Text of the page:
The New York Times and USA Today lead with, while the Los Angeles Timesfronts, the Iraqi cabinet approving the much-debated security agreement that calls for U.S. troops to withdraw by the end of 2011. After nearly a year of negotiations with the United States, 27 of the 28 cabinet ministers who were present at yesterday's meeting voted in favor of the agreement. The Status of Forces Agreement, which would replace the United Nations mandate that expires at the end of the year, now goes to the Iraqi parliament, where a contentious debate is expected to unfold. The Wall Street Journal's worldwide newsbox leads with the meeting between President-elect Barack Obama and Sen. John McCain that will take place in Chicago today. The meeting could be mutually beneficial, as Obama will need Republican cooperation in Congress and it gives McCain the opportunity to reclaim his "maverick, bipartisan mantle" after a heated campaign.
The Washington Postleads with a look at how, before the election, Barack Obama wrote letters to employees at seven federal agencies that included descriptions of how his administration would run specific government programs. The American Federation of Government Employees distributed the letters, which were written at the request of the union's president. In the letters, Obama described how he wants to cut back on private contractors, remove existing roadblocks on scientific research, and promote tougher regulations to protect workers and the environment. Many of the promises made by Obama would require additional spending, which the president-elect has recognized would be difficult to obtain given the current economic conditions. The LAT leads with a rare bit of good news for Southern California—calming winds brought about "the first major break in days" in the fight against the wildfires that broke out on Thursday. As of late last night, the fires were 80 percent contained.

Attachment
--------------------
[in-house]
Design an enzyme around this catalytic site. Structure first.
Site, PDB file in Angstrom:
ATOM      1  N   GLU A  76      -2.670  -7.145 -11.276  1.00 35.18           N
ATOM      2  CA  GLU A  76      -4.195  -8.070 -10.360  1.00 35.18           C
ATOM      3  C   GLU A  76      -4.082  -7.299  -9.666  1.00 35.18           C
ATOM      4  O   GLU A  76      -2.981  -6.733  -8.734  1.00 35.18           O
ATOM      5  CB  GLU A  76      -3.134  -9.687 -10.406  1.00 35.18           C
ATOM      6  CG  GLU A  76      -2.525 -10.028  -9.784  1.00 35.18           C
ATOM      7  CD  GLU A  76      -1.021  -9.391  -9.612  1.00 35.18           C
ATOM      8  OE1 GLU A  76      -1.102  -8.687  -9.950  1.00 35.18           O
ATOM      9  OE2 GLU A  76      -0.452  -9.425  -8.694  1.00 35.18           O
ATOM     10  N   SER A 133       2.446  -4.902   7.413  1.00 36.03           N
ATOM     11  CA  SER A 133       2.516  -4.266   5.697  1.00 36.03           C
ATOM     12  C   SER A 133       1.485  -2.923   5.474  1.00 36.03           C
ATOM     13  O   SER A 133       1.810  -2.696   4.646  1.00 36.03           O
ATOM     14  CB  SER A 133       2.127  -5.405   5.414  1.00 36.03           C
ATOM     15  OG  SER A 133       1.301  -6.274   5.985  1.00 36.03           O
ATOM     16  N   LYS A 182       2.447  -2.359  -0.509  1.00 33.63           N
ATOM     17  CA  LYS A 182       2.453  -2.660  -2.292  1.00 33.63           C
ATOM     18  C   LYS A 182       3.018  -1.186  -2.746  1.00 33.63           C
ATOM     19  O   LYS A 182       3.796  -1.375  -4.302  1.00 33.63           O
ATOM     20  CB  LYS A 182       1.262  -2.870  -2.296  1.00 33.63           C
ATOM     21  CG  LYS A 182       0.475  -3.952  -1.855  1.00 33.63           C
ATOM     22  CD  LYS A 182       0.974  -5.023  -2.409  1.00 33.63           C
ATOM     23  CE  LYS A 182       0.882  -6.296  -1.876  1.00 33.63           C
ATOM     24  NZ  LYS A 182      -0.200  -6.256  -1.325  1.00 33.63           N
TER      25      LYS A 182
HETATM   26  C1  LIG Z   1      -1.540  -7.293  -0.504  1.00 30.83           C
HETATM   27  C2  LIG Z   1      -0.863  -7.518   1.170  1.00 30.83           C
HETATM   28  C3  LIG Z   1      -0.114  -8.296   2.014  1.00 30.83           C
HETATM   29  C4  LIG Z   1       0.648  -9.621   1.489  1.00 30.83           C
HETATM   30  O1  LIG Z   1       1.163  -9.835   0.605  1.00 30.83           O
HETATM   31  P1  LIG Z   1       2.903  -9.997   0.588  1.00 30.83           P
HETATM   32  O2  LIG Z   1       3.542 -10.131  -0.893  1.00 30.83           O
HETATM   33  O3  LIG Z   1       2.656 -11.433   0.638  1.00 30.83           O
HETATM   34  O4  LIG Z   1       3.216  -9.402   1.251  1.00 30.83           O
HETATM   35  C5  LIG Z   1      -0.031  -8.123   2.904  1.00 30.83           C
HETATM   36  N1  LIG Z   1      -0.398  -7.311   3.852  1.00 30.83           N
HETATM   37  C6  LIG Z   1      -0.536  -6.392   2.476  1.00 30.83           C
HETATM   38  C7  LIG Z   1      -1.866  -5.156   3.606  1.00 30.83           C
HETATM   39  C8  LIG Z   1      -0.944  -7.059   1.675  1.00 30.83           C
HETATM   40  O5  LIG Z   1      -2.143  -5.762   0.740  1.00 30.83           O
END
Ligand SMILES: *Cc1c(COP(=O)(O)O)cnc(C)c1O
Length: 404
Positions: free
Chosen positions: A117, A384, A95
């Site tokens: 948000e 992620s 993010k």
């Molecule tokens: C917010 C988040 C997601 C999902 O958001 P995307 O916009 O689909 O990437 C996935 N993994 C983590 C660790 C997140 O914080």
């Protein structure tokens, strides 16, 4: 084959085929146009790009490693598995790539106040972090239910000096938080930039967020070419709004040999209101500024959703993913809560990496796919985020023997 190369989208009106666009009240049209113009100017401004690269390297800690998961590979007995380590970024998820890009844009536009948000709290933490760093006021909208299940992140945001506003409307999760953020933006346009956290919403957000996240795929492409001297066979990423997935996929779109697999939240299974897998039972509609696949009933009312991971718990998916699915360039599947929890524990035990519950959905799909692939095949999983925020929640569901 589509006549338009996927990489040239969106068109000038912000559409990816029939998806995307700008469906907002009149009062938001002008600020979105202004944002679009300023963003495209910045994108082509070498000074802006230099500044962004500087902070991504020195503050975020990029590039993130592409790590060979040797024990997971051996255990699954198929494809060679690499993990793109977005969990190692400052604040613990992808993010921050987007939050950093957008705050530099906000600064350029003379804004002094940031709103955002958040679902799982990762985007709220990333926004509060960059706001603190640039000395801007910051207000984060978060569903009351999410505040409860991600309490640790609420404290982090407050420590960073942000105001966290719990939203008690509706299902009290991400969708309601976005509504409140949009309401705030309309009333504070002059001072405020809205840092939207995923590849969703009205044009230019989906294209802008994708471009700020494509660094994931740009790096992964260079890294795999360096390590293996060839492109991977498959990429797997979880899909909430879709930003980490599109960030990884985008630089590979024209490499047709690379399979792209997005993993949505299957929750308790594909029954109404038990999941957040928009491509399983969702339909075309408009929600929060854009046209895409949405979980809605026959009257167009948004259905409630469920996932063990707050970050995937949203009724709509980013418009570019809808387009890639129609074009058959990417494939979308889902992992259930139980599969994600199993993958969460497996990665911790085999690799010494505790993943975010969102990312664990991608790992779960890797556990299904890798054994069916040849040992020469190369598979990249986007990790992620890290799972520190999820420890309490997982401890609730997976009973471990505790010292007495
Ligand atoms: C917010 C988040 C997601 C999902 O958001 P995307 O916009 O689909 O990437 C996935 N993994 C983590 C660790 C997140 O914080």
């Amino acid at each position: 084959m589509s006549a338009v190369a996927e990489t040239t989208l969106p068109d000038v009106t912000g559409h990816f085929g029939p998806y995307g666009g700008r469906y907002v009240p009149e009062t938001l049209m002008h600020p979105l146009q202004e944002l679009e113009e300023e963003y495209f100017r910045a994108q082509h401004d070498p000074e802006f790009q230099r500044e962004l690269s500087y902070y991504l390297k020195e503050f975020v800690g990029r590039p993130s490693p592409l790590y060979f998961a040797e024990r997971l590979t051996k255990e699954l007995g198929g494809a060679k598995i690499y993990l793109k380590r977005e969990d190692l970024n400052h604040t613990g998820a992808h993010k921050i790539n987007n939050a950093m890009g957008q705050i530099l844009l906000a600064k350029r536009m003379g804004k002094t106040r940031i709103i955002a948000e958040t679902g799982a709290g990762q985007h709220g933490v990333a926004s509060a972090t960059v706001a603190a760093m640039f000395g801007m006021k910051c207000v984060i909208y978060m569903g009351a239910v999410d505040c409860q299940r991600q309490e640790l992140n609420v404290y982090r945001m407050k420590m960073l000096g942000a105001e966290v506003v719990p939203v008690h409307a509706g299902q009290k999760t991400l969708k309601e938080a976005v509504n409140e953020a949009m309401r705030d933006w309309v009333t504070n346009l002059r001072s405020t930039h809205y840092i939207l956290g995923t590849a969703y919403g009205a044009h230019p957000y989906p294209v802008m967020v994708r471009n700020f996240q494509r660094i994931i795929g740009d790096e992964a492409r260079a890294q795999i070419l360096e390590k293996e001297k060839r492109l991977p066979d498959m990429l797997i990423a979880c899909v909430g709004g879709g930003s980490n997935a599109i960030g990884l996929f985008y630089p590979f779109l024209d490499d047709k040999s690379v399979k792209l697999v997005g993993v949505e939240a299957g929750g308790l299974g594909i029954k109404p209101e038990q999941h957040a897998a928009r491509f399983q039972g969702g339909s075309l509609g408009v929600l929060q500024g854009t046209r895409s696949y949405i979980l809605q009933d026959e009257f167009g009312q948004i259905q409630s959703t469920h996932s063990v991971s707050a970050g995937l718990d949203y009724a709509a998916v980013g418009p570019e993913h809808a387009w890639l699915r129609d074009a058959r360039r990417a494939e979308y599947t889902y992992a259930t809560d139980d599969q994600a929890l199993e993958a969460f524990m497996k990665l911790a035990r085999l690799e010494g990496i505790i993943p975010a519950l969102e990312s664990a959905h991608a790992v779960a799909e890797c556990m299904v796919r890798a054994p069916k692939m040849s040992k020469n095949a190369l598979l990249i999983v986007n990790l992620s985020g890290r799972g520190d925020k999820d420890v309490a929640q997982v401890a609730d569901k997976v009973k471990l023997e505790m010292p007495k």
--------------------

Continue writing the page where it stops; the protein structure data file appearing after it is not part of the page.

It's unclear how big a fight opponents of the security agreement will put up in parliament this week. The WP says that the overwhelming "cabinet vote indicated that most major Iraqi parties supported it," but opponents continue to insist that the pact would need to be approved by a two-thirds majority. "If we need to get two-thirds, then there will be difficulties," a Kurdish lawmaker tells USAT. Even if it crosses the parliamentary hurdle, the agreement would then have to be ratified by Iraq's three-member presidential council. The Sunni representative on the council, Vice President Tariq Hashimi, has called for a referendum on the pact and could veto any agreement, notes the LAT. But the WSJ points out that "his opposition may be thawing," and some Sunni lawmakers have already expressed support for the agreement.
The WSJ says that the "substantive points of the deal haven't changed" much since the more than 100 amendments requested by the Iraqi cabinet were mostly "seen as cosmetic." The Iraqi government emphasized that the clause that stated that U.S. troops could be asked to stay longer has been removed. "This withdrawal date is firm and holy and will not be changed according to conditions on the ground," government spokesman Ali al-Dabbagh said. In practice, though, the Iraqi government can still ask U.S. troops to stay.
Besides setting the withdrawal date of Dec. 31, 2011, the agreement also calls for U.S. troops to leave Iraqi cities by the end of June. In addition, a joint U.S.-Iraqi committee would decide whether an American service member who commits a serious crime outside a U.S. base while off duty should face an Iraqi court. Does this mean we'll see U.S. troops standing trial in Iraq anytime soon? It's very unlikely, notes USATin a helpful Q and A, because it's simply "almost unheard of for a U.S. troop to be off duty and off base in Iraq."